In just three minutes, postgraduate students are challenged to present a compelling oration on their thesis topic and its significance.
The Sydney Southeast Asia Centre’s Three Minute Thesis Challenge is an annual event for postgraduate students researching the countries or region of Southeast Asia.
The exercise aims to develop academic, presentation and research communication skills, and support the development of our research students’ capacity to explain their research effectively in language appropriate to an intelligent but non-specialist audience.
The winner is awarded a prize of $A250, and the runner-up $A150.
Contestants are also encouraged to compete in The University of Sydney 3MT Challenge, which consists of a series of heats held in early August. The winner competes in the Australia and New Zealand 3MT Challenge.
The Three Minute Thesis challenge will launch again in Semester 1 2018.
The judges score each presentation out of 10 for each of the three following criteria:
You need to be a currently enrolled postgraduate student (master’s degree or PhD candidate) at the University of Sydney. You may be enrolled full time or part time and your research needs to be focused on Southeast Asia.
Pradytia is a doctoral student working with the Centre for Disability Research and Policy, Faculty of Health Sciences. Her thesis focuses on promoting the inclusion of people with disabilities in disaster management in Indonesia. She won 3MT 2017 with her presentation, People with disabilities saving lives.
Regina is a PhD candidate in the Department of Psychology. Her thesis examines the development of the theory of mind reasoning and emotion understanding in deaf and hearing individuals from the Philippines. She also investigates the influence of language ability and communicative practices of the family and their impact on deaf children’s understanding of the mind and emotions.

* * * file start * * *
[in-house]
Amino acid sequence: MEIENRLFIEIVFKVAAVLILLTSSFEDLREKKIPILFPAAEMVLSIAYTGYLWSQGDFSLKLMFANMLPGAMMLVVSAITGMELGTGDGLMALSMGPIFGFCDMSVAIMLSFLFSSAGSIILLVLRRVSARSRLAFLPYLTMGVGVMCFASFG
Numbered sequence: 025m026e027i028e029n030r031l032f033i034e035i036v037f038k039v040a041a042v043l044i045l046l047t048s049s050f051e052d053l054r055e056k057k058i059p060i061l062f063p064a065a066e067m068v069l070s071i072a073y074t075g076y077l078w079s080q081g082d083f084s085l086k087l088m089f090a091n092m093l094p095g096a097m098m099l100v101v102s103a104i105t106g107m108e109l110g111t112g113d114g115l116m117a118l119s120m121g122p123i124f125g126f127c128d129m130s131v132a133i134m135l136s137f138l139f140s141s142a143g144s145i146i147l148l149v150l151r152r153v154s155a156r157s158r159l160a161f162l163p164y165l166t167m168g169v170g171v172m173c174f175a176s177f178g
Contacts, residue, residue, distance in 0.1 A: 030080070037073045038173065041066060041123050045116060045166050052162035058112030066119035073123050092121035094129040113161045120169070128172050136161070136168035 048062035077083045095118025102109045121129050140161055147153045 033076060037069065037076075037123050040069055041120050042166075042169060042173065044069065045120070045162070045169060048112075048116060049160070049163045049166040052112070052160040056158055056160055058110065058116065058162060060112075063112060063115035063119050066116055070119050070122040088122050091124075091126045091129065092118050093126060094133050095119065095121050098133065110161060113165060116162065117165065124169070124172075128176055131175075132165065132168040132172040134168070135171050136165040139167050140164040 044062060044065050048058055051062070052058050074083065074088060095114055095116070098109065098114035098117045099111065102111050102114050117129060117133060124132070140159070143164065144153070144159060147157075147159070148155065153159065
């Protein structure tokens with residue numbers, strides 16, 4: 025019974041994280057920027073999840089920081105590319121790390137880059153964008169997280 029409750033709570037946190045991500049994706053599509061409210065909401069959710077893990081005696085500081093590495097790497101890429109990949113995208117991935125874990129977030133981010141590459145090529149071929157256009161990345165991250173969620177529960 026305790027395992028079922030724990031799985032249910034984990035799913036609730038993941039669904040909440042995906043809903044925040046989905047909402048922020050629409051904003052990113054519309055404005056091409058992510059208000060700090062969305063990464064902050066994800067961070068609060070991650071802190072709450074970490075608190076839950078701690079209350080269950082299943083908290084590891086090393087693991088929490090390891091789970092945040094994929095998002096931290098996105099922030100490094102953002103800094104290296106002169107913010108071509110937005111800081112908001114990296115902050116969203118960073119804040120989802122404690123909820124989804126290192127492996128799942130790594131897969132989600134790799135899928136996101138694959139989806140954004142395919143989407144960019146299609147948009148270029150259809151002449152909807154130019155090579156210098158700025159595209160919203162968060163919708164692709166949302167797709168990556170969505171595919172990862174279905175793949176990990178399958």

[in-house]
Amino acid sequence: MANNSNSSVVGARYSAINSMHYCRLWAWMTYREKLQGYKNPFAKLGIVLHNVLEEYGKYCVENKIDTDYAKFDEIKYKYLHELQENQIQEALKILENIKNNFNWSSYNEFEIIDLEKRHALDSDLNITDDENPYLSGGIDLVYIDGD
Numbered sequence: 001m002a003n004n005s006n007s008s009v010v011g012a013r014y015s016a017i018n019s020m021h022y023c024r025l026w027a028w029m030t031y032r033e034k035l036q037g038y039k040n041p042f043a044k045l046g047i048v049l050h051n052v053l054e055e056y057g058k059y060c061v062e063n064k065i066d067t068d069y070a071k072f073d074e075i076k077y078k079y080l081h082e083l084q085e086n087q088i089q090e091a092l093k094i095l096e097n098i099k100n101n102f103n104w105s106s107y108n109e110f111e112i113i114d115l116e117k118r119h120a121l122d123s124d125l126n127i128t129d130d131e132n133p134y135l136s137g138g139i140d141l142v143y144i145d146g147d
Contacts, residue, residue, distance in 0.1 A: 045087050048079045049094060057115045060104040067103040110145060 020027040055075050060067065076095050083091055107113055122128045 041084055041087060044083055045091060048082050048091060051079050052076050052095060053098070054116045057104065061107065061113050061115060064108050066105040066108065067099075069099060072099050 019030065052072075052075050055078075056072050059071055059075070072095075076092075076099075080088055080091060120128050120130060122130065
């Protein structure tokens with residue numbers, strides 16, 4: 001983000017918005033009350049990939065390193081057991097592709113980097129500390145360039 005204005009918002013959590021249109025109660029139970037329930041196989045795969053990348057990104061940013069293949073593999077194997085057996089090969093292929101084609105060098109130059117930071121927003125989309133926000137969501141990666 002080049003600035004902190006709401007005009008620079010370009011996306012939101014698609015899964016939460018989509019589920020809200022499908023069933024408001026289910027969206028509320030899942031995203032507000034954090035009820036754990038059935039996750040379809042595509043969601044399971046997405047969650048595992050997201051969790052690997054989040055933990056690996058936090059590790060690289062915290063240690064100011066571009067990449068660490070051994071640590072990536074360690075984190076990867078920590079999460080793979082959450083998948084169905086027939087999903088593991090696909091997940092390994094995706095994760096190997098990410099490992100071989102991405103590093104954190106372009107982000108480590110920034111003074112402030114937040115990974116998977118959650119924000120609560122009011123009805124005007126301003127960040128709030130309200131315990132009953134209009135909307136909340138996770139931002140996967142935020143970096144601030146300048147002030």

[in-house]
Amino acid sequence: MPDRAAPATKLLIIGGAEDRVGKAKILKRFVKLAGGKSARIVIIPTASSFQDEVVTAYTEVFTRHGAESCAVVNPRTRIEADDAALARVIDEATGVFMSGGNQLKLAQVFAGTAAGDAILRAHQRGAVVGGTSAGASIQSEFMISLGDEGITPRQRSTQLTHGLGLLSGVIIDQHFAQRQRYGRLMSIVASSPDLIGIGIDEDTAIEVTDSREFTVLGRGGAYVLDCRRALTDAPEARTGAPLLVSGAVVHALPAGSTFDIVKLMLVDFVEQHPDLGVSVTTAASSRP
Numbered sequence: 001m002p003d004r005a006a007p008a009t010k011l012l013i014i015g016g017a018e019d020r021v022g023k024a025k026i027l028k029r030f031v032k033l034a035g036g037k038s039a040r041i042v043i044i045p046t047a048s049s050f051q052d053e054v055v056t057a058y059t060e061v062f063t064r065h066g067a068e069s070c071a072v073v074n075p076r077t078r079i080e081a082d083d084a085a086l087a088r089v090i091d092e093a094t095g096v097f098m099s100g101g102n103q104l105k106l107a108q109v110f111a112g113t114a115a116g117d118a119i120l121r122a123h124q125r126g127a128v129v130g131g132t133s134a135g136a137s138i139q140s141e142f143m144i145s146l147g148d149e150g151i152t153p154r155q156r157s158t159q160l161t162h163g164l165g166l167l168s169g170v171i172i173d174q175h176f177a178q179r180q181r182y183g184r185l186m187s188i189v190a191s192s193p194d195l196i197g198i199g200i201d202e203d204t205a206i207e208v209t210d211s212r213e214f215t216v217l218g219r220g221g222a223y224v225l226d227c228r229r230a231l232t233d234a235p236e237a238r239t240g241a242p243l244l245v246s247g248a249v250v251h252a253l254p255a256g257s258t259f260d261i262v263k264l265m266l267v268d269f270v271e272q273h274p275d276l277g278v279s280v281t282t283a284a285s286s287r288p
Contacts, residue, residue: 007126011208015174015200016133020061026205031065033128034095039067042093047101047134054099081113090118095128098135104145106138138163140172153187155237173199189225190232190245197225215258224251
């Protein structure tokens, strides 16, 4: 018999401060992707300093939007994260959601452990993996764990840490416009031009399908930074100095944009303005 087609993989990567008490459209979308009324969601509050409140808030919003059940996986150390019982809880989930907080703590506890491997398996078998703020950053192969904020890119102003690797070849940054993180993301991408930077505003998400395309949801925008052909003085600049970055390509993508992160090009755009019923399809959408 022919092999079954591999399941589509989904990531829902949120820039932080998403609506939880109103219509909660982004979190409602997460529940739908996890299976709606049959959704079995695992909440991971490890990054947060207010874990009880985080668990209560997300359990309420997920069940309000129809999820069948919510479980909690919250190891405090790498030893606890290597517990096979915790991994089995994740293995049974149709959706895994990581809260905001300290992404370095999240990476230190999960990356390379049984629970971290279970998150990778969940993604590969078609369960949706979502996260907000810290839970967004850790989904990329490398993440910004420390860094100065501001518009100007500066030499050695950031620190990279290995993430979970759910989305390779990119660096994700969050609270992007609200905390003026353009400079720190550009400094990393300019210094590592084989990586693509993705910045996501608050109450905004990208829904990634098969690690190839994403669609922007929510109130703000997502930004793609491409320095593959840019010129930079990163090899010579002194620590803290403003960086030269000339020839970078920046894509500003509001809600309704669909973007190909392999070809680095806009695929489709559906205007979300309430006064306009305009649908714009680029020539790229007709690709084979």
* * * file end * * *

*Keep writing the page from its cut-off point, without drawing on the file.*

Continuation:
Rosaria is a PhD candidate in Doctoral Studies, Faculty of Education and Social Work. Her thesis analyses the purposes, pedagogies and predicaments of community-based medical education in Indonesia from a postcolonial perspective. She also explores the doctor-student-patient interaction in a post-disaster context, such as a tsunami-affected area in Aceh, Indonesia, to gain insights into the ways in which future doctors come to understand the needs of post-disaster communities.
Andi is an Australia Awards recipient who began his PhD with the Faculty of Pharmacy at the University of Sydney in 2014. His project investigates changes in Australian and Indonesian community pharmacy practices. One of the project’s aims is to develop the capacity of community pharmacy to become a key player in the delivery of primary care services in Indonesia.
Ly is a PhD candidate in the Department of Sociology and Social Policy. Ly’s research interests include demography, population, gender equality, and social development in Vietnam and the wider Southeast Asia region. Her thesis, “Women’s Empowerment and Fertility Preferences in Southeast Asia”, focuses on how women’s empowerment – including education, employment and household decision-making – affects their fertility preferences.